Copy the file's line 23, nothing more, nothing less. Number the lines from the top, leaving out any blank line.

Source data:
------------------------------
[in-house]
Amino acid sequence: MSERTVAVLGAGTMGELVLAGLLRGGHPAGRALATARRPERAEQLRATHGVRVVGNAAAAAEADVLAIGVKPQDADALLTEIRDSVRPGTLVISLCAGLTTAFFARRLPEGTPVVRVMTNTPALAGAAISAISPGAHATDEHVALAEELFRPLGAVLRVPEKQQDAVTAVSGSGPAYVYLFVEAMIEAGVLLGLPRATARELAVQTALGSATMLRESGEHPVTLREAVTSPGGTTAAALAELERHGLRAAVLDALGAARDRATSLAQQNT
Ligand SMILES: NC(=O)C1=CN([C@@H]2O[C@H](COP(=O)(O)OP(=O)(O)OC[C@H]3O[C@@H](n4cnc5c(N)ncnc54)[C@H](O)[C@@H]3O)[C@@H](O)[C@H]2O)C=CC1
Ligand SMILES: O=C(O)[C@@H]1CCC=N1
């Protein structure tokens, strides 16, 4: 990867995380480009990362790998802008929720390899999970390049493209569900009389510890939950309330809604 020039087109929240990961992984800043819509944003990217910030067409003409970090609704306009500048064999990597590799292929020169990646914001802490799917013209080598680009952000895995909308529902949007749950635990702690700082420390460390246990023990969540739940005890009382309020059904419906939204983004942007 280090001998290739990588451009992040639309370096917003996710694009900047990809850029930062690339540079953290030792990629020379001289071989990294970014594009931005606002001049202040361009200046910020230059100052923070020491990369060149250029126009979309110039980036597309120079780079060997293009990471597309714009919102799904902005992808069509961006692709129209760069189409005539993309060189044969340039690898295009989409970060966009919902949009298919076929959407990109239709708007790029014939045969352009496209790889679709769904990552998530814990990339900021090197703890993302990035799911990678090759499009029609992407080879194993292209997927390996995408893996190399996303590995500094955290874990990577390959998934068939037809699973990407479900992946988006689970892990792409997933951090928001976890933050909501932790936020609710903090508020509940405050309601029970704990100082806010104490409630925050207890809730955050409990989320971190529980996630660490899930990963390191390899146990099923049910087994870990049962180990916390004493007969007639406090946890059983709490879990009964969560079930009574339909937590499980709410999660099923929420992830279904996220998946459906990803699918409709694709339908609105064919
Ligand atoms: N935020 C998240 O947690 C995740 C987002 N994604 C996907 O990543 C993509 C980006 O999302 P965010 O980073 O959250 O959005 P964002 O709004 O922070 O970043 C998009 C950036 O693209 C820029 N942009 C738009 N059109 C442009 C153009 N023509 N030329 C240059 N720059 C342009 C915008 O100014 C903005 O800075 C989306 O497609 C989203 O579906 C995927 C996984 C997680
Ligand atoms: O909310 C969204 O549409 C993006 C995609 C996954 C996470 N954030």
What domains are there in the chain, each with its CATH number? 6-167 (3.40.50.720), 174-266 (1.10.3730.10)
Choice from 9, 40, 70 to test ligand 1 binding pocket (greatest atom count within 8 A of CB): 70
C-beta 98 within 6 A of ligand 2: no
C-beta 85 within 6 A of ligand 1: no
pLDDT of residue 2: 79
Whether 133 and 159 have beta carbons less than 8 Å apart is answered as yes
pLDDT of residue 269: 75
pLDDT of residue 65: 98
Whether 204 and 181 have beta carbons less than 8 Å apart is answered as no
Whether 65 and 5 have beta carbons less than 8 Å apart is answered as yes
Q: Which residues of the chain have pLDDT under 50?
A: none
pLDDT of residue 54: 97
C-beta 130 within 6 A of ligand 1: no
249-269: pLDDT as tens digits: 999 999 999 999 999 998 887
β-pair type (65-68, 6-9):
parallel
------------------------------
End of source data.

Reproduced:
β-pair type (65-68, 6-9):